A policy paper by Indian Council for Research on International Economic Relations estimates that India received 34 notifications in 2020 from the U.K. on sanitary and phytosanitary (SPS) issues for imported food and drink products. SPS is a measure for food safety and animal, plant health.
For now, India and the U.K. have agreed that sensitive issues are not a priority. The aim is to capture opportunities where possibilities are immense, Minister of Commerce and Industry Piyush Goyal had said earlier this year when India and the U.K. finalized the terms of reference for the FTA in January. The second round of negotiations took place between March 7-18.
In Goyal’s words, the “long hanging fruit” approach will be captured in an interim early harvest agreement. An early harvest agreement is a precursor to an FTA between two trading partners.
The U.K.'s bilateral trading relationship with India stood at £23.3 billion in 2019. The impact of the Covid-19 pandemic is visible in the latest figures, with total trade in goods and services at £21.5 billion in the four quarters ending Q3 2021. The U.K. reported a total trade deficit of £6.1 billion with India as of March 18.
The DIT estimates that an FTA could strengthen trade ties, allowing U.K. exports to rise by up to £16.7 billion by 2035.
The pragmatism, political will and positivity that both sides are showing, I expect an early harvest by the first half of this year, McCole said.
I'm not sure how comprehensive that would be. I think it would focus on tariff-related issues which don’t require much technical changes, and maybe in some areas where standards are not too dissimilar, and probably relaxation in customs procedures.Kevin McCole, MD, U.K.-India Business Council
For instance, some food products that are manufactured in the U.K. and exported to India, they are first tested in the U.K. And then have to be tested again in India. So, to reduce costs, friction, this is one area that an early harvest can deal with, McCole opined.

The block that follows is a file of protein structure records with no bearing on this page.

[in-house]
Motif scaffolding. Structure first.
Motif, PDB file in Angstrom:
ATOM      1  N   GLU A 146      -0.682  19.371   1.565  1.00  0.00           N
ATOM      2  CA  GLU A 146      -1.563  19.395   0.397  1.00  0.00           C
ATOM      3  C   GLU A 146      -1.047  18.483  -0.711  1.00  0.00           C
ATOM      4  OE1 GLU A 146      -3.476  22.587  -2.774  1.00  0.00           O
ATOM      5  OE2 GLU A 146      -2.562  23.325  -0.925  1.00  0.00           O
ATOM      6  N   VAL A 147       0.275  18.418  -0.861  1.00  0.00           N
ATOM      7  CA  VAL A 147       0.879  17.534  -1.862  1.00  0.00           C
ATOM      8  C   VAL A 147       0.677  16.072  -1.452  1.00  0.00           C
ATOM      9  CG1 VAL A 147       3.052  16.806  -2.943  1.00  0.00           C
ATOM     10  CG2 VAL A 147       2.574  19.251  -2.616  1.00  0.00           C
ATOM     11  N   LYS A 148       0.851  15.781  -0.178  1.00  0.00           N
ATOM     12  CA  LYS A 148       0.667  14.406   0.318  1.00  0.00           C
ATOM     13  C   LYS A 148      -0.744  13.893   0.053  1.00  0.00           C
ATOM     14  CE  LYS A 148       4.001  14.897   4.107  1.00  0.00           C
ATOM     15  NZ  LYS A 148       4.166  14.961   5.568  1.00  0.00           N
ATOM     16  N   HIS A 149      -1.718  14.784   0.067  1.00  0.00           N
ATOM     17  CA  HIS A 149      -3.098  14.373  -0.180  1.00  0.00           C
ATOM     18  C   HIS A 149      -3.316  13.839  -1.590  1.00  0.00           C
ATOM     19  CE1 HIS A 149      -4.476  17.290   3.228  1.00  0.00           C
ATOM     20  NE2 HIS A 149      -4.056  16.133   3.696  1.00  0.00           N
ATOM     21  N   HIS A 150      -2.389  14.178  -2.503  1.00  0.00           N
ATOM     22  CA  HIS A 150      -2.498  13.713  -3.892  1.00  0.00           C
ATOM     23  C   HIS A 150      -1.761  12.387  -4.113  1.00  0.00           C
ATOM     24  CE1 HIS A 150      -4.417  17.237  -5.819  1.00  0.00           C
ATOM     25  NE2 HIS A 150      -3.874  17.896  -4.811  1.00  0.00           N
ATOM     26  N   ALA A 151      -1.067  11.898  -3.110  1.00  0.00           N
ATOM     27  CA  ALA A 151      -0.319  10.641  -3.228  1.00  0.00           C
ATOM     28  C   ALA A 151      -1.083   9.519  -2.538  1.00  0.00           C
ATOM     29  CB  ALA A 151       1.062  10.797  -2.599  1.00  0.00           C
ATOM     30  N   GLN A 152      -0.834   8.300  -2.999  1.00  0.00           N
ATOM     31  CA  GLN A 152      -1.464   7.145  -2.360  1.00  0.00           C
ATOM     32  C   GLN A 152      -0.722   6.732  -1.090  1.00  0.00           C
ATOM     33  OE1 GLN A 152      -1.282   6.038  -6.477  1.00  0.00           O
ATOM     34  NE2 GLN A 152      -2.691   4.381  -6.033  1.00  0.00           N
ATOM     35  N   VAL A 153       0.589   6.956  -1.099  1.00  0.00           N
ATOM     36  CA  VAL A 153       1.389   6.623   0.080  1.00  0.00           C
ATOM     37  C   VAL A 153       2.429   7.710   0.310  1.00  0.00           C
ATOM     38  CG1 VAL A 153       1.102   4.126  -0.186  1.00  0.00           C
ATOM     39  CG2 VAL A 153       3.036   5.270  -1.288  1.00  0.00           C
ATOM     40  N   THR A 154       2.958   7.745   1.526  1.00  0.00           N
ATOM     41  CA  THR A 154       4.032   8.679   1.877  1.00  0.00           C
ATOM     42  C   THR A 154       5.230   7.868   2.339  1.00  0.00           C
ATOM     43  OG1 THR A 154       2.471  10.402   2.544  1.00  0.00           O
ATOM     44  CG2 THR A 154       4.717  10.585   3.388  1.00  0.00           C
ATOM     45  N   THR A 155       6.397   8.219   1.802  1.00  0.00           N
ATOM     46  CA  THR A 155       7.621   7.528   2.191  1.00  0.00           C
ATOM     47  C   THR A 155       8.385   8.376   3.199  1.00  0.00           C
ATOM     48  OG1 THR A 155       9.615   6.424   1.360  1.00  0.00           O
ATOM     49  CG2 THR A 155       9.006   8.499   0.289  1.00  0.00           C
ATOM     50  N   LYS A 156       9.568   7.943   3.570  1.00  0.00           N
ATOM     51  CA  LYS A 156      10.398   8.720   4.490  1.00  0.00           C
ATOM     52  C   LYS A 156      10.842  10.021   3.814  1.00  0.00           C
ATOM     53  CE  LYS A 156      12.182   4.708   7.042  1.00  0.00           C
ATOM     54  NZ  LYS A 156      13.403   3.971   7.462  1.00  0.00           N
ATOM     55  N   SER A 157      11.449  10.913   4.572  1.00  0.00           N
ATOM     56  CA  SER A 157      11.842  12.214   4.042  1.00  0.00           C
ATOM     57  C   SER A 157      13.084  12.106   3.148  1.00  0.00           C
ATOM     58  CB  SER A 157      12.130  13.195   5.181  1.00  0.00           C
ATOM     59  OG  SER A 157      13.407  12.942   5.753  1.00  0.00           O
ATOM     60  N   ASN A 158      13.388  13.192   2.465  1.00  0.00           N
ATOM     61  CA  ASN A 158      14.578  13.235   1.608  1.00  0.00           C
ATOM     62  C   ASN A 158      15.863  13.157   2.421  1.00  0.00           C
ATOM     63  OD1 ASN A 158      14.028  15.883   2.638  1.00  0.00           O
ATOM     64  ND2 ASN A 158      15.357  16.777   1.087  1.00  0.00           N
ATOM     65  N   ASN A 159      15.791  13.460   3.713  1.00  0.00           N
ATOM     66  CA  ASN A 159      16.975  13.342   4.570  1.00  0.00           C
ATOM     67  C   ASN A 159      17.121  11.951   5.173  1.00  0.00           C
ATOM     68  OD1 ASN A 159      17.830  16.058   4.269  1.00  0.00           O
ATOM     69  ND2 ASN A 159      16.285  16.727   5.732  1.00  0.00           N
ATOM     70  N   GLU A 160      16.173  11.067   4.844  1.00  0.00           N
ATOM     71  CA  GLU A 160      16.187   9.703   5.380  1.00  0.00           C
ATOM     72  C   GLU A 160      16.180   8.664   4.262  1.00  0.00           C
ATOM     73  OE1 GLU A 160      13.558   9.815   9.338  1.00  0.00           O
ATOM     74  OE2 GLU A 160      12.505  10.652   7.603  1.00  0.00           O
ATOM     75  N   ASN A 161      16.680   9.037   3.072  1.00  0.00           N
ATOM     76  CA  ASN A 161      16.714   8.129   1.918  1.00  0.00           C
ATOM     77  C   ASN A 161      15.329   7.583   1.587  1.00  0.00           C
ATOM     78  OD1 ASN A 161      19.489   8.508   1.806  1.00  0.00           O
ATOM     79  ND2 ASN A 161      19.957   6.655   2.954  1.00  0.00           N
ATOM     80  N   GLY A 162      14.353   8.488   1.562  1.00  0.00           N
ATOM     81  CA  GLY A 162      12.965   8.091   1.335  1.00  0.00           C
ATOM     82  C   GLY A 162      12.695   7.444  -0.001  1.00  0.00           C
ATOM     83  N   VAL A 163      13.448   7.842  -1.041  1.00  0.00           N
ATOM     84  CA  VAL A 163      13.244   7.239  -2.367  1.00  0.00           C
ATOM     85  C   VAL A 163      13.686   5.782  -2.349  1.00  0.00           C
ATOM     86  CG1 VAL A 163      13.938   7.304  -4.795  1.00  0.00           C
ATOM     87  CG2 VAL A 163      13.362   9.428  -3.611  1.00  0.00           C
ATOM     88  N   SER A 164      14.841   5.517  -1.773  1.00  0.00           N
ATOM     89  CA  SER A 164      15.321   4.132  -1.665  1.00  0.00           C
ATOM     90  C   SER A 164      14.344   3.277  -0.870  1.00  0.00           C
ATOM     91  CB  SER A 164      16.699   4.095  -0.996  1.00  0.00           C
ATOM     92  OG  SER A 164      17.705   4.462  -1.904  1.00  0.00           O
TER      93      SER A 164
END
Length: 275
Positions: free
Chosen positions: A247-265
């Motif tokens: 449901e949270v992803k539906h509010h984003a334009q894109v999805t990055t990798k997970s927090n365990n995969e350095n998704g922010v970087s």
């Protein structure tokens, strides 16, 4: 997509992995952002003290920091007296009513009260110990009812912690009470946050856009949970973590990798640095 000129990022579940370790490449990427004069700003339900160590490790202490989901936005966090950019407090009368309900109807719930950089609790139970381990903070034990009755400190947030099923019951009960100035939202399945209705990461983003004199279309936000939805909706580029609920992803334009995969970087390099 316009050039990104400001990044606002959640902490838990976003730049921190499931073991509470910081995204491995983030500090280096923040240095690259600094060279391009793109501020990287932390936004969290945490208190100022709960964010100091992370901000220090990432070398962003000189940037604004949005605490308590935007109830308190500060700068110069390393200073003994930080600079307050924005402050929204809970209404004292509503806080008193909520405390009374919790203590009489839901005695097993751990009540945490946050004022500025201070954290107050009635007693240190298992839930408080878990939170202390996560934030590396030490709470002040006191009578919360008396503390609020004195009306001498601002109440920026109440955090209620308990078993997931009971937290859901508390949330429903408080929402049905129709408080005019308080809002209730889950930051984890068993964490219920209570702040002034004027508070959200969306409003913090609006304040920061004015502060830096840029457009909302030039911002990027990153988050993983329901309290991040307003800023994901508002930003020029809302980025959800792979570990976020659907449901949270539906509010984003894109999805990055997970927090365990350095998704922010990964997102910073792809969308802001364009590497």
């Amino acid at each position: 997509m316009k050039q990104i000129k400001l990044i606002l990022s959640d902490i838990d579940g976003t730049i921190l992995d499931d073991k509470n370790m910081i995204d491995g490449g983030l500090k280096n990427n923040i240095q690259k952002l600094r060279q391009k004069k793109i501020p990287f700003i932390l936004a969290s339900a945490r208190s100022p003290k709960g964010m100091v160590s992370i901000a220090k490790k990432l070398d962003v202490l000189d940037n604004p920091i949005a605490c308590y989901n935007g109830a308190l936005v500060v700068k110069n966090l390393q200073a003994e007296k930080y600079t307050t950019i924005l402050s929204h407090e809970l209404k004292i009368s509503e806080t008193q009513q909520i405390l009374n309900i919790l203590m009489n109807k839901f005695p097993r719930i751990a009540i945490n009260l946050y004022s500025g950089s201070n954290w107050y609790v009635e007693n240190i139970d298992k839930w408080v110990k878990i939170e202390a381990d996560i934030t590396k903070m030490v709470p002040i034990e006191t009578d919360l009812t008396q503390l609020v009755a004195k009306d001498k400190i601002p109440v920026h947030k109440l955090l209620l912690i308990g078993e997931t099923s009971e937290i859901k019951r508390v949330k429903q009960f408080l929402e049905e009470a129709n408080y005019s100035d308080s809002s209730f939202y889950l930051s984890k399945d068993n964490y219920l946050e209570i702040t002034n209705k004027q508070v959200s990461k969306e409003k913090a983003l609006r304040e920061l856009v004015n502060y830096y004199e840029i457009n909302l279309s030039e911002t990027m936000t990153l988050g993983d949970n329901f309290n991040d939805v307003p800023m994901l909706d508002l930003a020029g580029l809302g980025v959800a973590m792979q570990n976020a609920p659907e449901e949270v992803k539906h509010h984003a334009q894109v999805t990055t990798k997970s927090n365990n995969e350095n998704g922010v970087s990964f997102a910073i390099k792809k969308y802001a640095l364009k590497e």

A report by the U.K.- India Business Council has recommended some priority focus areas for the interim agreement-
Reducing tariffs, including on alcoholic spirits, food, and medical devices.
Reducing non-tariff barriers to goods trade, such as by aligning standards and simplifying customs procedures.
Intellectual property protection and alignment of data protection rules.
For India, McCole believes the interim win lies in tariff reduction on textile and leather products.
That is if India succeeds in getting a better trade deal compared to some of its neighbors.
For instance, for textile exports from Vietnam to the U.K., 42.5% of tariffs were eliminated on 01 January 2021. The remainder will be eliminated after 2, 4 or 6 years. Similar concessions have been agreed to for Vietnamese exports of raw materials for leather and footwear.
It's something for the Indian negotiators to work out, McCole said. One of the outcomes of the U.K. leaving the European Union is that it has got scope to move away from arrangements that it was earlier part of, he added.
The U.K.'s deal with Vietnam was a rollover or a continuation to what we enjoyed through EU-Vietnam deal. So Vietnam, Bangladesh, Sri Lanka have a lower tariff on textile compared to India because of EU arrangements. Now, the U.K. has more flexibility and I’m sure the negotiators will be pushing hard there.Kevin McCole, MD, U.K.-India Business Council
Watch the full interview here: